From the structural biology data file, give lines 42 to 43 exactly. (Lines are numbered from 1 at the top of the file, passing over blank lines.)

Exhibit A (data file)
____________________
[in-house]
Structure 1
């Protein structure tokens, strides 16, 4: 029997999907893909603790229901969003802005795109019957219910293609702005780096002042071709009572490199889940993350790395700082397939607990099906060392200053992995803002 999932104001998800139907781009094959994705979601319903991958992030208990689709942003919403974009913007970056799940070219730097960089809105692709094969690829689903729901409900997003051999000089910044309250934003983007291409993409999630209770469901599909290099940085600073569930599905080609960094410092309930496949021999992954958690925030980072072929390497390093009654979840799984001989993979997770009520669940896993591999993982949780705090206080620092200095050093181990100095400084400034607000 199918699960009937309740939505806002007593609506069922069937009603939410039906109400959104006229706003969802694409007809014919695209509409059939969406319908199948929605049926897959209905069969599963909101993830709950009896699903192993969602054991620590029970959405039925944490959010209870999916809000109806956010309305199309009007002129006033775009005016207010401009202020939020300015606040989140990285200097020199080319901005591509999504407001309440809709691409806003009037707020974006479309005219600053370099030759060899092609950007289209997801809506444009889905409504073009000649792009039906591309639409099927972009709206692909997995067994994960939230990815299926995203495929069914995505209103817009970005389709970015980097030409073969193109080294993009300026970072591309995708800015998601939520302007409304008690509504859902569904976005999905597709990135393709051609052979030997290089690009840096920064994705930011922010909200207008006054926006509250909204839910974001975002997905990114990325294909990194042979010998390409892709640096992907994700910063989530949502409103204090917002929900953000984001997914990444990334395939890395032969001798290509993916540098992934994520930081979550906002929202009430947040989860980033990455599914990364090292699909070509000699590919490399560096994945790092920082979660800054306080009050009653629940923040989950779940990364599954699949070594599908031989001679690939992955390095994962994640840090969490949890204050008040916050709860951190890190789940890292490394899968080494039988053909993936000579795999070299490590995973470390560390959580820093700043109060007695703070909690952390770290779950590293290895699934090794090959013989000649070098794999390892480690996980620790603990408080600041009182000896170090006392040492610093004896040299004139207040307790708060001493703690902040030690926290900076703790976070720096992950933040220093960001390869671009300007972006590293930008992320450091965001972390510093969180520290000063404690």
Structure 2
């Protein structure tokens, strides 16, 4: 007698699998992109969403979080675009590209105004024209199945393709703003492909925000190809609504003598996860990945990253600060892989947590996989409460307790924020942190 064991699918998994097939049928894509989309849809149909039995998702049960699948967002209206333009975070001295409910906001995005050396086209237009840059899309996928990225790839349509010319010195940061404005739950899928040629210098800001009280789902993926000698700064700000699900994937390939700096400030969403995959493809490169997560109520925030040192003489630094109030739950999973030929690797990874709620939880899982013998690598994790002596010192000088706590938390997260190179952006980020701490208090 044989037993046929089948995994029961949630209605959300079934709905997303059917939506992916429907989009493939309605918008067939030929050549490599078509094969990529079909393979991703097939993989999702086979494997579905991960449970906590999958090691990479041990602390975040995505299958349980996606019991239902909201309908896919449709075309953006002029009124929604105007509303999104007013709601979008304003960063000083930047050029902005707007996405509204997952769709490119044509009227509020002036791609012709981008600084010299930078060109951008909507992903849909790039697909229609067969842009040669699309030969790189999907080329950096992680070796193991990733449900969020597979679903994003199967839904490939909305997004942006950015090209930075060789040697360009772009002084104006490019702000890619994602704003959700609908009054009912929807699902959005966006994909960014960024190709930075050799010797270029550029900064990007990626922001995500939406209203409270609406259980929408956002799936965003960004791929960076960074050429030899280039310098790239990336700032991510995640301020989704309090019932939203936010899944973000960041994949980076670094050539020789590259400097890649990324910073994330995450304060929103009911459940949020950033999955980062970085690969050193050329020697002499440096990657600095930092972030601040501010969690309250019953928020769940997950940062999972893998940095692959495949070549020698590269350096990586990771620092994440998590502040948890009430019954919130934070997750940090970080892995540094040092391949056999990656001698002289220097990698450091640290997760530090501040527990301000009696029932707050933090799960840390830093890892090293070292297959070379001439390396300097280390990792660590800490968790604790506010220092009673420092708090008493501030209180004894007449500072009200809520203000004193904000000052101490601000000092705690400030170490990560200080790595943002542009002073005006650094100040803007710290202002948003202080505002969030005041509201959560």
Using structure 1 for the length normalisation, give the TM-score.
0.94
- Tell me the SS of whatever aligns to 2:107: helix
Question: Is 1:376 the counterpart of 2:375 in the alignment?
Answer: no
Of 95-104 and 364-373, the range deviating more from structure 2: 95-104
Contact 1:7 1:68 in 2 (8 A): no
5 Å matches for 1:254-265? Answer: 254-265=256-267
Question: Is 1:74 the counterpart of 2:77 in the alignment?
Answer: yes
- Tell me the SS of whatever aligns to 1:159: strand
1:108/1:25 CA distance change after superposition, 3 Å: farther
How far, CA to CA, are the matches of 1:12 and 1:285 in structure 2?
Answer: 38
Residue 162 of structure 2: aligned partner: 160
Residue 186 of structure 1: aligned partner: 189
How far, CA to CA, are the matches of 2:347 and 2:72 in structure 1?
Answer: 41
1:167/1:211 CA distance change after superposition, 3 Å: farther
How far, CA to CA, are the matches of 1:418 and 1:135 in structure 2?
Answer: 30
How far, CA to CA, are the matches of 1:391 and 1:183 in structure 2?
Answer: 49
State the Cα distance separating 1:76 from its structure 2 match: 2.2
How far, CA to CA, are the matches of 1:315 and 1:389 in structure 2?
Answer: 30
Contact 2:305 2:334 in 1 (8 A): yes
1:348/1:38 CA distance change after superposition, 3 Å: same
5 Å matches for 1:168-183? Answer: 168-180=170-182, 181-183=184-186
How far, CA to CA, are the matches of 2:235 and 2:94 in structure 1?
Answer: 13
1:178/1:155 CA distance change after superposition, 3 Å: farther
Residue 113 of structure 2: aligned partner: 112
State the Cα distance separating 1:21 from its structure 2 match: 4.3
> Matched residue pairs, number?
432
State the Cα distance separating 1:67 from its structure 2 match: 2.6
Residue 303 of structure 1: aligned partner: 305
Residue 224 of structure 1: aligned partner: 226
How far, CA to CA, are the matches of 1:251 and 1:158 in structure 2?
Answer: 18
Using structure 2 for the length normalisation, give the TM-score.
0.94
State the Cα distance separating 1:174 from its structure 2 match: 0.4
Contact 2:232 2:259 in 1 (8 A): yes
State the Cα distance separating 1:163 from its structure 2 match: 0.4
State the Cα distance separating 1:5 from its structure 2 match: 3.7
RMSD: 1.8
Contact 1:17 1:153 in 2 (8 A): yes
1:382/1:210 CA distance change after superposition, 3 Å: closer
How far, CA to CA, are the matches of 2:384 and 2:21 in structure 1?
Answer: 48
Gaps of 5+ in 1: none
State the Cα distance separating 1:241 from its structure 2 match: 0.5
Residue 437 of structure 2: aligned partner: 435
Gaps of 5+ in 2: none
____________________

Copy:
State the Cα distance separating 1:67 from its structure 2 match: 2.6
Residue 303 of structure 1: aligned partner: 305